My Lettuce Isn’t Perfect, And I’m OK About That

We try our best to not let anything go to waste here at Happy Acres. My parents grew up during the Great Depression, when food was often hard to come by, and they taught me to not be wasteful. “Waste not, want not” they often told me, and I guess it made a lasting impact.

A lot of food does get wasted in the United States, way too much for my tastes. Though the data is some 15 years old, this 1997 report from the U.S. Department of Agriculture addresses the problem of America’s food losses, and I believe it is worth reading for anyone interested in this topic.

The report estimates that in 1995 around 96 billion pounds of food were wasted or lost by consumers, retailers and food service operations. And please note, that is “billions” with a B! 5.4 billion pounds were wasted at the retail level, while a staggering 91 billion pounds were lost by consumers and the food service industry. All told, the 96.4 billion pounds lost were 27 percent of the food available to eat in the U.S. What a waste of food, not to mention the waste of water and energy resources that went into growing and transporting the food.

And the problem isn’t just in the U.S. either. In 2008 the Stockholm International Water Institute published a study titled “Saving Water: From Field to Fork – Curbing Losses and Wastage in the Food Chain”. It claims that 50 percent of the available food worldwide is wasted, causing a crisis of water, food and hunger.

I don’t pretend to have all the answers for this global problem, but I can do my best to make sure I’m not guilty of wasting food myself. We attack the problem here in our own household in several different ways.

For one thing, we rarely throw away any leftover food. We generally freeze any leftovers for later use. In fact, we often cook extra for that very purpose. Today we had leftover frozen soup for lunch, and it was a quick and easy way to get a meal on the table. Later today I am going to cook a big batch of black beans in the pressure cooker, and I know we will have a lot of those to freeze. I call that “planned leftovers”, and it’s a strategy that works well for us. In addition to not being wasteful, it also keeps us from having to spend so much time cooking and preparing meals.

freezer inventory

We also preserve as much as possible of the food we grow ourselves by dehydrating, freezing and canning. We keep an inventory of what’s in the freezer, so we know at a glance what is available. And we make a sweep on our freezers at least once a year to make sure nothing is hiding from us. All this helps to keep waste at a minimum. If we find something that is getting old, we try and use it while it’s still edible.

almost perfect Radichetta lettuce (click on photos to enlarge)

We’ve also learned that the food we grow and eat doesn’t have to look perfect in order to be tasty and healthy. Much food is wasted by consumers and retailers because of purely cosmetic reasons. We do our best to eat all of the “cosmetically challenged” food we can here. We had salad for lunch the other day, and some of the lettuce leaves had brown tips on them. In a grocery, the produce is trimmed and primped and those leaves would likely have been thrown away.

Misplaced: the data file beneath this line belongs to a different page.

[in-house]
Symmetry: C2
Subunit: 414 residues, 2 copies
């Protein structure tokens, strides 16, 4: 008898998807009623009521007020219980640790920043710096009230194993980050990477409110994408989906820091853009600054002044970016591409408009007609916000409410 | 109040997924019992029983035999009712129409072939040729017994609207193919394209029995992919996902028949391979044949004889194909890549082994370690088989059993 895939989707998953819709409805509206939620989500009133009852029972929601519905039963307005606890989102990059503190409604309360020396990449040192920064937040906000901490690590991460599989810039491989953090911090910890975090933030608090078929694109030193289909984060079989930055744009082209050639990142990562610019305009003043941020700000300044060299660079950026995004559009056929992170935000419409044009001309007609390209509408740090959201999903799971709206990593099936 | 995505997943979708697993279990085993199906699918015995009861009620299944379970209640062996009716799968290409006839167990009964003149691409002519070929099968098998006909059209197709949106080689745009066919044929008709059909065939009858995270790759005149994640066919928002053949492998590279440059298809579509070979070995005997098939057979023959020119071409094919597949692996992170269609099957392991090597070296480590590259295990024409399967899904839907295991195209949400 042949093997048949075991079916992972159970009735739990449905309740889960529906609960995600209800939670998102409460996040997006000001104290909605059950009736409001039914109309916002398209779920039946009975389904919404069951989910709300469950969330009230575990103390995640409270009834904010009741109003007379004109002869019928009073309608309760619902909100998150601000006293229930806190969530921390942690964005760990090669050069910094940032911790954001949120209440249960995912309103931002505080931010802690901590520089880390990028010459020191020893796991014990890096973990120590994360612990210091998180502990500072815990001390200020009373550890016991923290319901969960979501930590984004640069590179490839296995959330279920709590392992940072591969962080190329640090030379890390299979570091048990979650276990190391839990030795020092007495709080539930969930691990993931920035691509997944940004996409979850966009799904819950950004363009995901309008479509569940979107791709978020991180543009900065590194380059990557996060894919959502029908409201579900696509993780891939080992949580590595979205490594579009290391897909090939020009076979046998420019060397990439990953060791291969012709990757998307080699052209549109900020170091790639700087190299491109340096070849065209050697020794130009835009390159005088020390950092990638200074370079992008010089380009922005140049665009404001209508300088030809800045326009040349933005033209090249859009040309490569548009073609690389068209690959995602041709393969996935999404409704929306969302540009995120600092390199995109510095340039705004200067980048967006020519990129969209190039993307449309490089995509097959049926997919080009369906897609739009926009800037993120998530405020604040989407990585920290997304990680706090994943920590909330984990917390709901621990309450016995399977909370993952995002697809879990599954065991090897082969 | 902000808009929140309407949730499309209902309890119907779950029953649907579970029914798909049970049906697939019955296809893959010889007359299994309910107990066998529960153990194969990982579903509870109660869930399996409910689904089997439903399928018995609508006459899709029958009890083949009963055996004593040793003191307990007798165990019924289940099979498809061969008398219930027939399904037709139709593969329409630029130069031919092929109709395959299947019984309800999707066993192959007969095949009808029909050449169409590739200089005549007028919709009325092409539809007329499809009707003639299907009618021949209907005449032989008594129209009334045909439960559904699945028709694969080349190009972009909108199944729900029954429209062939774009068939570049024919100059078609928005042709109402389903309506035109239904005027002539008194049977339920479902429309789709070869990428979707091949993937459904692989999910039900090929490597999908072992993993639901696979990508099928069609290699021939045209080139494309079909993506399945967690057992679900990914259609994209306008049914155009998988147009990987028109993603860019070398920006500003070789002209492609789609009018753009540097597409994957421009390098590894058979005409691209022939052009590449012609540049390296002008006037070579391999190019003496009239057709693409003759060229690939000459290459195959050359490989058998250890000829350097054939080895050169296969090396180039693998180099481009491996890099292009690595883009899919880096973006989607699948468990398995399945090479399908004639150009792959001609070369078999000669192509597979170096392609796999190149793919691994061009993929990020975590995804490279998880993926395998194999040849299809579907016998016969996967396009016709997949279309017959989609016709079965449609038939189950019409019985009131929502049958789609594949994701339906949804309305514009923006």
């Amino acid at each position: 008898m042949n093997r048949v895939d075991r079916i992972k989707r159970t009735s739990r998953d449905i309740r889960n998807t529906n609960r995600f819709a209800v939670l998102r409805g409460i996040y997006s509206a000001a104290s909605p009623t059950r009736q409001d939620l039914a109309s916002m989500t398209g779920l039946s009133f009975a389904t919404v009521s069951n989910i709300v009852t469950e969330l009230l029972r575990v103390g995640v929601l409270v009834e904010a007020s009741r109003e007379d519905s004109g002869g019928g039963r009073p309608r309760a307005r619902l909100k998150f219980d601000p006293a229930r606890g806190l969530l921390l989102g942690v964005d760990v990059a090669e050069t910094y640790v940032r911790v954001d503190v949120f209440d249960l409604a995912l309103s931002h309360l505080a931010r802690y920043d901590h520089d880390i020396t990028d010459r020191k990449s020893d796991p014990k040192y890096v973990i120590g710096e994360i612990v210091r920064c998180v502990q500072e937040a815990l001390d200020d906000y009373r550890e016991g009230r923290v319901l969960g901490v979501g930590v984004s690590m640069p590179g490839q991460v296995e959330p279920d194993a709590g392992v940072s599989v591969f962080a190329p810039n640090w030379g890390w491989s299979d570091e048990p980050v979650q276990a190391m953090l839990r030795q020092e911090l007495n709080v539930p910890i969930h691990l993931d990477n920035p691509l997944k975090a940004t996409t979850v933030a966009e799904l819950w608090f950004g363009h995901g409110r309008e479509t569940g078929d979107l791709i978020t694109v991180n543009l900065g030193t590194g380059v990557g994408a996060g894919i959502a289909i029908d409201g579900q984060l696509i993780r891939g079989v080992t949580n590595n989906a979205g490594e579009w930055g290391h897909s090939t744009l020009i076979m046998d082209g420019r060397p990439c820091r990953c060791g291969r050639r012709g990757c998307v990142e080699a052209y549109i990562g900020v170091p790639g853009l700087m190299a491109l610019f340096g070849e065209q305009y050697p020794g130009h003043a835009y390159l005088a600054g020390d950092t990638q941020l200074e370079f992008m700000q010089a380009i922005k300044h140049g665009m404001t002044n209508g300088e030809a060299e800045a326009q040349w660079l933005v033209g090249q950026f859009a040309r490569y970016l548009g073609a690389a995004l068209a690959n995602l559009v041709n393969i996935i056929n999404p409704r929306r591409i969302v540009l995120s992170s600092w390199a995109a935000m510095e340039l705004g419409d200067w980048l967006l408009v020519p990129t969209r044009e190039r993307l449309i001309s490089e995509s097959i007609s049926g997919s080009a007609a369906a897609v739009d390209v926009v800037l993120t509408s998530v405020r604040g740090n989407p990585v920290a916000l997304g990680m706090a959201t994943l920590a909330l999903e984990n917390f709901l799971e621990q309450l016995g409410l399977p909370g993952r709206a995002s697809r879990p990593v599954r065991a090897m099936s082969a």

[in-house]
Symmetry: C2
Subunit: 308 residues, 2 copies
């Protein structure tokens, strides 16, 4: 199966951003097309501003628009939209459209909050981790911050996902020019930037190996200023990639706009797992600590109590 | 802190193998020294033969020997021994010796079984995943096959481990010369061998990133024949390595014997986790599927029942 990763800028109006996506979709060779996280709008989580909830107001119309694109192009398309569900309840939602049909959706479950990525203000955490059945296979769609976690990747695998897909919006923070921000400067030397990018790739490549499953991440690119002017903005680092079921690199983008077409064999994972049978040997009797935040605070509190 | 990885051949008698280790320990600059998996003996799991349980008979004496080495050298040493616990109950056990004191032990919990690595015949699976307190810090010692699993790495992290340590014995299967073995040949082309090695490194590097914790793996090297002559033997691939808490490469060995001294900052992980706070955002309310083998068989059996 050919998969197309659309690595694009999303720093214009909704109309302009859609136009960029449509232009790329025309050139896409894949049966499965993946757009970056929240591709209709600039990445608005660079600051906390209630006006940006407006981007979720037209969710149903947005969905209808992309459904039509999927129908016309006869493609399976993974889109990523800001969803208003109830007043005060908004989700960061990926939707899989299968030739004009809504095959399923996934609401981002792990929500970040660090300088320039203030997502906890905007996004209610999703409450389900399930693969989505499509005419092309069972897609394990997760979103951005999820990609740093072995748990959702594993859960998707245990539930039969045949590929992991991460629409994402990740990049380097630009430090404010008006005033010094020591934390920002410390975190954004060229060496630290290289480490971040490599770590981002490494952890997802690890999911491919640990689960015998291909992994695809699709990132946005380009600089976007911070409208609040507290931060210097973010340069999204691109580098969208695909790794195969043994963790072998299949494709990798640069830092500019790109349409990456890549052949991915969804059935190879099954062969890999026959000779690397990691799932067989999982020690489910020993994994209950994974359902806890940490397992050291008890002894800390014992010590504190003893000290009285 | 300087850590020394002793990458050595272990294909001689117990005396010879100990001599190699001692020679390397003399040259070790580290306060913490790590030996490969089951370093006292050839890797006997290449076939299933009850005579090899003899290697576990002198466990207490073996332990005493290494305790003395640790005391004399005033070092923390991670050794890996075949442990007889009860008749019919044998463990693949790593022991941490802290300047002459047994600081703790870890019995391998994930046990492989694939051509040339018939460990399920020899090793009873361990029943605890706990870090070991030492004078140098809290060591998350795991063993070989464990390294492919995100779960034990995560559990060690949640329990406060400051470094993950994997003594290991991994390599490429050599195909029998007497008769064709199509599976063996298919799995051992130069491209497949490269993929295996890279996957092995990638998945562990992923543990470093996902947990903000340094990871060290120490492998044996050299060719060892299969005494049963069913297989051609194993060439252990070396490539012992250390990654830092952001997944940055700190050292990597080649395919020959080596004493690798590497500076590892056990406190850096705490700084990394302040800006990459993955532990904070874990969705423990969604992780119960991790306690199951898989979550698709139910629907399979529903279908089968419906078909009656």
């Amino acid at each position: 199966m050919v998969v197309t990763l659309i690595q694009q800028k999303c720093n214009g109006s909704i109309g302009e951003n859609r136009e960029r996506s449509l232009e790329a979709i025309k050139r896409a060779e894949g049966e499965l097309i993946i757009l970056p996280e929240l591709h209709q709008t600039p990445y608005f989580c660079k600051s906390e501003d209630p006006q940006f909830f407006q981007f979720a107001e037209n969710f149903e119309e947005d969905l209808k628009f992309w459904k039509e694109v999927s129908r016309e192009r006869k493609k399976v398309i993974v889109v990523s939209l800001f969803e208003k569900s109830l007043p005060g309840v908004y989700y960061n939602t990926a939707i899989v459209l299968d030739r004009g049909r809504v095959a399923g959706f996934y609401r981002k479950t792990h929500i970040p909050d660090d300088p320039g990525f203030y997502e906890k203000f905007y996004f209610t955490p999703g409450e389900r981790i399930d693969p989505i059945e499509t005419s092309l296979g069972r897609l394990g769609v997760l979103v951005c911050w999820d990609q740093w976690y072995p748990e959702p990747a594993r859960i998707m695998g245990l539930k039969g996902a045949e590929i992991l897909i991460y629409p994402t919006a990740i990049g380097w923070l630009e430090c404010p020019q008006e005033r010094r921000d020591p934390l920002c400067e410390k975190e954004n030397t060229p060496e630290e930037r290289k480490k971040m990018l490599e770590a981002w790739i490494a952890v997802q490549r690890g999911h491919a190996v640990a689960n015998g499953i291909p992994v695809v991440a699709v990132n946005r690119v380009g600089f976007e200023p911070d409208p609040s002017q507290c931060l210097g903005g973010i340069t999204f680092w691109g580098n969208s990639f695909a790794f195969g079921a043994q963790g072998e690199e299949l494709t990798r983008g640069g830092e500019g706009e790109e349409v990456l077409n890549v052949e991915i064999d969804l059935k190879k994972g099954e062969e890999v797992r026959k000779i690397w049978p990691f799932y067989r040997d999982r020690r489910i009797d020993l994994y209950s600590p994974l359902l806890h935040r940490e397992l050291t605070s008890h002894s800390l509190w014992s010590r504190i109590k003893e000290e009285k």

brown spots on lettuce

Here, those less than perfect leaves wound up in my salad bowl, and I happily ate them. After all, I had watched that lettuce grow from a seed to a nice sized plant, and I wasn’t willing to waste a single leaf of it!

perfectly delightful salad

And we do compost all of our kitchen scraps (except for meat), coffee grounds, tea bags, and paper. All of those things are too good to go to waste, and by composting we will later put them to good use to grow more food.

How about the rest of you? What tips and tricks do you all have for avoiding waste in your household? I’d love to learn more ways we can reduce our waste, and maybe you would too.

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8 Responses to My Lettuce Isn’t Perfect, And I’m OK About That

  1. Robin says:

    I had no idea that much food is wasted. I get upset if a little bit of lettuce goes bad. I also like your freezer inventory. We really need to do that. I found a few things in the downstairs freezer that I had no idea was down there.

    We really don’t waste much food at all. Like you, we freeze extras, can, freeze fresh, dry and store. We are also the people on our block that have no garbage. We recycle and compost almost all of our so called “garbage”. My neighbors always mention to me how we usually only have recycling out on one of our two trash days.

    I really think if people just pay attention, a lot of “garbage” and waste could be elimated.

  2. meemsnyc says:

    It’s disgusting how much food the country wastes! We do our best not to waste any food either. We recently bought a big chest freezer so that we could freeze a lot of our food. Especially when we start to harvest from the garden. And we also just got a dehydrator so I cannot wait to start using that!!